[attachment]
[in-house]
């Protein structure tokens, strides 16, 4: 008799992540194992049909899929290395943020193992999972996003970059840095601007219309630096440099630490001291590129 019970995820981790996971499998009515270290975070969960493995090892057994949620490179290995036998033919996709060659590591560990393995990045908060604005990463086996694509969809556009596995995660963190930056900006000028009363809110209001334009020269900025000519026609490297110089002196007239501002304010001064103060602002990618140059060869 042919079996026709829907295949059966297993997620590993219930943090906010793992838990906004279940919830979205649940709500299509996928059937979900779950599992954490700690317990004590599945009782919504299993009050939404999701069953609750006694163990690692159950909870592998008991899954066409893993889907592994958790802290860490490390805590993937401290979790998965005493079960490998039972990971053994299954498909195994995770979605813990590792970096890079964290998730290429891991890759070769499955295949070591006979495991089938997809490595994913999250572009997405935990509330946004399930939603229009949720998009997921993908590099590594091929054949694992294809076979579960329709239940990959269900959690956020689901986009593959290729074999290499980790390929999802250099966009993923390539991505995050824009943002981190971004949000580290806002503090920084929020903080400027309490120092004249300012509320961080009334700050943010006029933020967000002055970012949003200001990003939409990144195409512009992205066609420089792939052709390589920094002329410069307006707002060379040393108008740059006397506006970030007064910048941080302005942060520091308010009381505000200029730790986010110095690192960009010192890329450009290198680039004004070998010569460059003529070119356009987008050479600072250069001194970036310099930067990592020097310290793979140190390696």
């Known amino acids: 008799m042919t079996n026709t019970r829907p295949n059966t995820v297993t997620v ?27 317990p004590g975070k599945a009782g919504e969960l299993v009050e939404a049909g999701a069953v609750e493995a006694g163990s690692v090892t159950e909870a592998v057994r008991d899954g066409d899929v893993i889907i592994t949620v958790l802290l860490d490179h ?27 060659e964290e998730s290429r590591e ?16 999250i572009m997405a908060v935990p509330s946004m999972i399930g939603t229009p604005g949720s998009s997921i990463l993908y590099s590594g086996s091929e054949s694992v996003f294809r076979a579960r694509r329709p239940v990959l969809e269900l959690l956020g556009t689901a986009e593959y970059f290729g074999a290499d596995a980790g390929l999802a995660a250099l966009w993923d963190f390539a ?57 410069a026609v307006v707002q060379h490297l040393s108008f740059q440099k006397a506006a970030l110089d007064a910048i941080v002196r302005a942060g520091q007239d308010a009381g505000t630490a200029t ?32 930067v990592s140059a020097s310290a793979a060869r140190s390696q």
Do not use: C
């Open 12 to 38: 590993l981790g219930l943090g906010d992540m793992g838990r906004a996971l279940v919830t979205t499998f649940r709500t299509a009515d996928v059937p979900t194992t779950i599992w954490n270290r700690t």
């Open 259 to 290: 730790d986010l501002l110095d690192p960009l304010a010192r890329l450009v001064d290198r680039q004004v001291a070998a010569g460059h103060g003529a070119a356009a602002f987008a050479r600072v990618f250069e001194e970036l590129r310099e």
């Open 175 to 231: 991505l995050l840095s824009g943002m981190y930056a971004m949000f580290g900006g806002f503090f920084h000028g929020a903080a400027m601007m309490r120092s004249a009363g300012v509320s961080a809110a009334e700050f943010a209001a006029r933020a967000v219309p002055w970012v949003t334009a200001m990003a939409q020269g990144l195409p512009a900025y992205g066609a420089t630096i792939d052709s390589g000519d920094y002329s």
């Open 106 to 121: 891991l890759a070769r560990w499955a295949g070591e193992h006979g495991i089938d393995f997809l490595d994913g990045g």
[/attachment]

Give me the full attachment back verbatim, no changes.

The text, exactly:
[in-house]
């Protein structure tokens, strides 16, 4: 008799992540194992049909899929290395943020193992999972996003970059840095601007219309630096440099630490001291590129 019970995820981790996971499998009515270290975070969960493995090892057994949620490179290995036998033919996709060659590591560990393995990045908060604005990463086996694509969809556009596995995660963190930056900006000028009363809110209001334009020269900025000519026609490297110089002196007239501002304010001064103060602002990618140059060869 042919079996026709829907295949059966297993997620590993219930943090906010793992838990906004279940919830979205649940709500299509996928059937979900779950599992954490700690317990004590599945009782919504299993009050939404999701069953609750006694163990690692159950909870592998008991899954066409893993889907592994958790802290860490490390805590993937401290979790998965005493079960490998039972990971053994299954498909195994995770979605813990590792970096890079964290998730290429891991890759070769499955295949070591006979495991089938997809490595994913999250572009997405935990509330946004399930939603229009949720998009997921993908590099590594091929054949694992294809076979579960329709239940990959269900959690956020689901986009593959290729074999290499980790390929999802250099966009993923390539991505995050824009943002981190971004949000580290806002503090920084929020903080400027309490120092004249300012509320961080009334700050943010006029933020967000002055970012949003200001990003939409990144195409512009992205066609420089792939052709390589920094002329410069307006707002060379040393108008740059006397506006970030007064910048941080302005942060520091308010009381505000200029730790986010110095690192960009010192890329450009290198680039004004070998010569460059003529070119356009987008050479600072250069001194970036310099930067990592020097310290793979140190390696």
């Known amino acids: 008799m042919t079996n026709t019970r829907p295949n059966t995820v297993t997620v ?27 317990p004590g975070k599945a009782g919504e969960l299993v009050e939404a049909g999701a069953v609750e493995a006694g163990s690692v090892t159950e909870a592998v057994r008991d899954g066409d899929v893993i889907i592994t949620v958790l802290l860490d490179h ?27 060659e964290e998730s290429r590591e ?16 999250i572009m997405a908060v935990p509330s946004m999972i399930g939603t229009p604005g949720s998009s997921i990463l993908y590099s590594g086996s091929e054949s694992v996003f294809r076979a579960r694509r329709p239940v990959l969809e269900l959690l956020g556009t689901a986009e593959y970059f290729g074999a290499d596995a980790g390929l999802a995660a250099l966009w993923d963190f390539a ?57 410069a026609v307006v707002q060379h490297l040393s108008f740059q440099k006397a506006a970030l110089d007064a910048i941080v002196r302005a942060g520091q007239d308010a009381g505000t630490a200029t ?32 930067v990592s140059a020097s310290a793979a060869r140190s390696q």
Do not use: C
């Open 12 to 38: 590993l981790g219930l943090g906010d992540m793992g838990r906004a996971l279940v919830t979205t499998f649940r709500t299509a009515d996928v059937p979900t194992t779950i599992w954490n270290r700690t």
């Open 259 to 290: 730790d986010l501002l110095d690192p960009l304010a010192r890329l450009v001064d290198r680039q004004v001291a070998a010569g460059h103060g003529a070119a356009a602002f987008a050479r600072v990618f250069e001194e970036l590129r310099e």
């Open 175 to 231: 991505l995050l840095s824009g943002m981190y930056a971004m949000f580290g900006g806002f503090f920084h000028g929020a903080a400027m601007m309490r120092s004249a009363g300012v509320s961080a809110a009334e700050f943010a209001a006029r933020a967000v219309p002055w970012v949003t334009a200001m990003a939409q020269g990144l195409p512009a900025y992205g066609a420089t630096i792939d052709s390589g000519d920094y002329s």
């Open 106 to 121: 891991l890759a070769r560990w499955a295949g070591e193992h006979g495991i089938d393995f997809l490595d994913g990045g």